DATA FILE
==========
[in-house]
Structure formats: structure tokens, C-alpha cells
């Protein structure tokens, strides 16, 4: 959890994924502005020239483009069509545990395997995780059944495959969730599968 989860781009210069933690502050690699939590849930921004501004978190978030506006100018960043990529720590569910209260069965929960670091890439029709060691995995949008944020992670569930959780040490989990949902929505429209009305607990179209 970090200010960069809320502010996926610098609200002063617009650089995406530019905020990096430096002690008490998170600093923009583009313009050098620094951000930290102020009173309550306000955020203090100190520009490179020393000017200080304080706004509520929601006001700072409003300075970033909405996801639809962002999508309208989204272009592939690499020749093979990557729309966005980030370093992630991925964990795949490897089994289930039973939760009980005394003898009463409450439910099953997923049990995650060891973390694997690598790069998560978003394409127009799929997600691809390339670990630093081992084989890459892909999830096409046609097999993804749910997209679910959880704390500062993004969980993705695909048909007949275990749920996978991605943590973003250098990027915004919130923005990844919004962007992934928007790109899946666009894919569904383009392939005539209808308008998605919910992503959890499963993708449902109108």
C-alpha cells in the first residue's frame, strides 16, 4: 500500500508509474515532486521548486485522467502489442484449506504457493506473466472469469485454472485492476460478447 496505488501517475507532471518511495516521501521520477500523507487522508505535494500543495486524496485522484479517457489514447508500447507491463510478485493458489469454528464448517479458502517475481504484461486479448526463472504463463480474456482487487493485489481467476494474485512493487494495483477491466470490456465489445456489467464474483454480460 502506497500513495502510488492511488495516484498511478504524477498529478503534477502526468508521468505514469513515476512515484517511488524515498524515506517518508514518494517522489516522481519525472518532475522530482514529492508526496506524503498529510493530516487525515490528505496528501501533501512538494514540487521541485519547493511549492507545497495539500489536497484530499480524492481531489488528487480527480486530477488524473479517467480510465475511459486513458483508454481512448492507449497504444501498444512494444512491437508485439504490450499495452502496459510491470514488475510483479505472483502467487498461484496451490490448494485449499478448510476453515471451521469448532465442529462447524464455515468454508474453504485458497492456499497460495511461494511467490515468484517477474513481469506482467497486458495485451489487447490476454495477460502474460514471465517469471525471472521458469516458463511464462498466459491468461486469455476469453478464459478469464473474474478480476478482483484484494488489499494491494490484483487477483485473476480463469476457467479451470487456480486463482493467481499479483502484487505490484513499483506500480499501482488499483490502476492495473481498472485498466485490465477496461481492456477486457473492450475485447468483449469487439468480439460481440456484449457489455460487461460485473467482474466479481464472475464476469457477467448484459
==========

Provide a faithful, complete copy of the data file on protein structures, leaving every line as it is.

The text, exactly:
[in-house]
Structure formats: structure tokens, C-alpha cells
């Protein structure tokens, strides 16, 4: 959890994924502005020239483009069509545990395997995780059944495959969730599968 989860781009210069933690502050690699939590849930921004501004978190978030506006100018960043990529720590569910209260069965929960670091890439029709060691995995949008944020992670569930959780040490989990949902929505429209009305607990179209 970090200010960069809320502010996926610098609200002063617009650089995406530019905020990096430096002690008490998170600093923009583009313009050098620094951000930290102020009173309550306000955020203090100190520009490179020393000017200080304080706004509520929601006001700072409003300075970033909405996801639809962002999508309208989204272009592939690499020749093979990557729309966005980030370093992630991925964990795949490897089994289930039973939760009980005394003898009463409450439910099953997923049990995650060891973390694997690598790069998560978003394409127009799929997600691809390339670990630093081992084989890459892909999830096409046609097999993804749910997209679910959880704390500062993004969980993705695909048909007949275990749920996978991605943590973003250098990027915004919130923005990844919004962007992934928007790109899946666009894919569904383009392939005539209808308008998605919910992503959890499963993708449902109108």
C-alpha cells in the first residue's frame, strides 16, 4: 500500500508509474515532486521548486485522467502489442484449506504457493506473466472469469485454472485492476460478447 496505488501517475507532471518511495516521501521520477500523507487522508505535494500543495486524496485522484479517457489514447508500447507491463510478485493458489469454528464448517479458502517475481504484461486479448526463472504463463480474456482487487493485489481467476494474485512493487494495483477491466470490456465489445456489467464474483454480460 502506497500513495502510488492511488495516484498511478504524477498529478503534477502526468508521468505514469513515476512515484517511488524515498524515506517518508514518494517522489516522481519525472518532475522530482514529492508526496506524503498529510493530516487525515490528505496528501501533501512538494514540487521541485519547493511549492507545497495539500489536497484530499480524492481531489488528487480527480486530477488524473479517467480510465475511459486513458483508454481512448492507449497504444501498444512494444512491437508485439504490450499495452502496459510491470514488475510483479505472483502467487498461484496451490490448494485449499478448510476453515471451521469448532465442529462447524464455515468454508474453504485458497492456499497460495511461494511467490515468484517477474513481469506482467497486458495485451489487447490476454495477460502474460514471465517469471525471472521458469516458463511464462498466459491468461486469455476469453478464459478469464473474474478480476478482483484484494488489499494491494490484483487477483485473476480463469476457467479451470487456480486463482493467481499479483502484487505490484513499483506500480499501482488499483490502476492495473481498472485498466485490465477496461481492456477486457473492450475485447468483449469487439468480439460481440456484449457489455460487461460485473467482474466479481464472475464476469457477467448484459